When you hear or think the word diet, does the idea of eating salad soon follow? It is a common scenario to link the two together, but not always the best decision for health or weight loss. Whether you are seeking a healthier way of eating or want to lose a few pounds, and think salads are the way to go, be careful not to fall into "the salad trap". Many salads contain nearly a day’s worth of calories and are full of unhealthy fats and high sodium counts.
Salads are a great way to get your daily dose of greens and veggies, but not all salads are created equal. Here’s a quick breakdown of some of the worst salad traps.
California Pizza Kitchen Waldorf Salad has 1370 calories and 28 g. of saturated fat
Cheesecake Factory Caesar w/ Chicken has 1,510 calories.
Red Robin Crispy Chicken Tender salad has 1450 calories and 96 gr. fat
Applebee’s Oriental Chicken Salad 1380 cal. 99 gr. fat
Yard House BBQ Chicken Salad – 1580 cal.
Baja Fresh Tostada salad – 1120 calories
Wedge Salad - one of the biggest charades in the salad world. This salad might not have as many calories as the others, but it is nutrient deficient. There is nothing healthy about its ingredients (iceberg lettuce, bacon, blue cheese). It will fill you up with ingredients that don’t do much but curb hunger.
Here are some of the biggest offenders and healthier alternatives:
Salad dressing is a main killer of a potentially healthy salad. If it’s creamy, it’s probably not healthy and if it’s fat-free, then it’s loaded with sugar. Even pre-made vinaigrettes have a lot of added sugar (and that means more calories).
· At home make your own vinaigrette (recipe link) or when eating out, ask for olive oil and vinegar to dress your own.
Salad bars and restaurant salads have a ton of unhealthy ingredients and many have a high sodium content.
· Select items that are fresh cut and nutrient dense (broccoli, carrot) vs. coming from a can (corn, mandarin oranges). And don’t overfill your plate.
Iceberg lettuce – A "no nutritional value" super cheap lettuce.
· Replace with dark green lettuces, spinach or chopped kale (or a mix of those).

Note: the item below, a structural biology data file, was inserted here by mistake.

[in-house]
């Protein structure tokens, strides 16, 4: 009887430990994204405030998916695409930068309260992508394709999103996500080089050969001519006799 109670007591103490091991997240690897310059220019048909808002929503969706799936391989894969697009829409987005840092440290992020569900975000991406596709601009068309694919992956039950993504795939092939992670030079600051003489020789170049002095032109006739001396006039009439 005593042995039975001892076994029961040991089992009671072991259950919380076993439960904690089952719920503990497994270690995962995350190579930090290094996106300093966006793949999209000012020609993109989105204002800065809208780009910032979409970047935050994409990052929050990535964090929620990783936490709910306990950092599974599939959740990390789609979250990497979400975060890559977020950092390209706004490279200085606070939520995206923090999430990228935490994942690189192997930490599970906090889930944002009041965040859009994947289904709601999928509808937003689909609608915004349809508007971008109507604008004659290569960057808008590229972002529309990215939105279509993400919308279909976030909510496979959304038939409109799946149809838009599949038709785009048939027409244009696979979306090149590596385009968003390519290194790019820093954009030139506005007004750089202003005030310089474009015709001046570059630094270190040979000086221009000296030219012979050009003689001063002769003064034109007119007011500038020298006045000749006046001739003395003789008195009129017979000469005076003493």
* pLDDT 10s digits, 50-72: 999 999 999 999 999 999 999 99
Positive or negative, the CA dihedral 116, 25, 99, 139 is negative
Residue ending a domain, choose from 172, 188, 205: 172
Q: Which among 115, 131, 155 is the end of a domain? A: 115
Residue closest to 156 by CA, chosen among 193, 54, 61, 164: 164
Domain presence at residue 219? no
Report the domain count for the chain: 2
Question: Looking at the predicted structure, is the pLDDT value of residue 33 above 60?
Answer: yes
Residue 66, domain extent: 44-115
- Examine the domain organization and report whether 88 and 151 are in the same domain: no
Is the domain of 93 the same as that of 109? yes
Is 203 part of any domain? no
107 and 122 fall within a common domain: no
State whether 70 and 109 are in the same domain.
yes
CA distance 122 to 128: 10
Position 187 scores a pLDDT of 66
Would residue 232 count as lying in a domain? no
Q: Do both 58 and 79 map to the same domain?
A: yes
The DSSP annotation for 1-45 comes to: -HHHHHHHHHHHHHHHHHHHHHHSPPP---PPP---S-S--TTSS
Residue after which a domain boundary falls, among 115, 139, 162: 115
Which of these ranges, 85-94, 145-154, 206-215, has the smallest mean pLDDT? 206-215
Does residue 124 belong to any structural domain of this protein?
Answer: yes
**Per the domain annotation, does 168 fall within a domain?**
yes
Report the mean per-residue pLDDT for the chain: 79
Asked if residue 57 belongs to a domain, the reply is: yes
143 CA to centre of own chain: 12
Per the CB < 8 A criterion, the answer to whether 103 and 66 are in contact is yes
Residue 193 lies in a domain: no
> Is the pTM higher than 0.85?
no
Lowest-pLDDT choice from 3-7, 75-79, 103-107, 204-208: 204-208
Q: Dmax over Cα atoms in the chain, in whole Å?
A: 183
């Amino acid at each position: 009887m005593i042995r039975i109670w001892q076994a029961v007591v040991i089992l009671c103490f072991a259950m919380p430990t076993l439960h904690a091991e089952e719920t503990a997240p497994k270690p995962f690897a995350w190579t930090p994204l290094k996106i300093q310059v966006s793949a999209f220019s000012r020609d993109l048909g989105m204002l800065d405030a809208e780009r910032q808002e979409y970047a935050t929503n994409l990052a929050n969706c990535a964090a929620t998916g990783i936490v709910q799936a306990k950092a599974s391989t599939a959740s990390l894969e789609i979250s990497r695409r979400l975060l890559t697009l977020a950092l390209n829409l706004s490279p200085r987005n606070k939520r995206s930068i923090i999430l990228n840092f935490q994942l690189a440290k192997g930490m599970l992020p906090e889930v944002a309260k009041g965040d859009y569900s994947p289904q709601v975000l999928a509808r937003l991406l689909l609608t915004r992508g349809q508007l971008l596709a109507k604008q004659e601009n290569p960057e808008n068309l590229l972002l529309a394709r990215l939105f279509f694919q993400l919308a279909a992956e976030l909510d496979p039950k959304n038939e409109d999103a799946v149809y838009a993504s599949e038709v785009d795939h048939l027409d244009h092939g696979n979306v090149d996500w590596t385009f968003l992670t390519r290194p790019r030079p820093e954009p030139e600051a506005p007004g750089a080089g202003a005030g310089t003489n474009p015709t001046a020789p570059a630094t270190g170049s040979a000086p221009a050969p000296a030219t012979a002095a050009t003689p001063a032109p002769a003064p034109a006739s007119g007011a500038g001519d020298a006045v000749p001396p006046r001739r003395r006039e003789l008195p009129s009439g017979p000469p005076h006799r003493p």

Candied nuts – These add sugar and calories.
· Replace with plain toasted nuts and only use a tablespoon size.
Dried and canned fruit – highly processed and high in sugar.
· Instead seek out fresh fruit like berries, apples, pears, or pomegranate seeds.
Croutons, fried tortilla strips, fried onions – Having something crunchy in a salad is a requirement for some, but these come with unwanted fats and deficient calories.
· Get your crunch from things like carrots, jicama, celery or plain toasted nuts and roasted chickpeas.
Cheddar cheese- Cheese in general adds unhealthy fat and a lot of unneeded calories to salads.
· Leave it off completely. If your will-power is weak, then skip the cheddar and Monterey jack and instead choose cheese from goat’s milk (goat cheese) or sheep’s milk (manchego, feta). Fresh mozzarella is a good swap, too, just remember to keep portions small (1-2 oz) for any cheese you choose.
Unhealthy proteins - crispy chicken, mayo-laden tuna, chicken or egg salad, salami and bacon all really bring down what could be an otherwise healthy salad.
· Choose grilled chicken or salmon for a protein, or keep it vegetarian with black beans, lentils or organic edamame.
Portion size! Many salads contain nearly a day’s worth of calories and portion size is one of the contributors. Ask for a side portion, split with someone else or only eat half.
Other healthy options to add to any salad: fresh, steamed or roasted vegetables; quinoa, avocado, chickpeas and beets (not from a can!).
Going out to eat? Almost every major restaurant has their menu with nutritional facts available online. Do some homework on your favorites and “know before you go”. Ask your server about ingredients and don’t be shy to ask for substitutions or omissions.
Eating at home? Make the most of each season by choosing the freshest produce and combine it into a salad with homemade vinaigrette.
Rule of thumb for any salad: lots of dark leafy greens, pile on the veggies, limit the 'extras' and choose dressings carefully. The photo above is a great healthy option :)
Here’s a simple salad recipe to share that incorporates a little red, white and blue for 4th of July…
Fill a bowl with organic spinach and romaine lettuce. Add roasted asparagus, cooked quinoa, avocado, toasted slivered almonds, fresh sliced strawberries, fresh blueberries and some crumbled goat cheese. Toss with a homemade balsamic vinaigrette. Yum!
Salads are a great way to be creative! What will your next salad creation look like?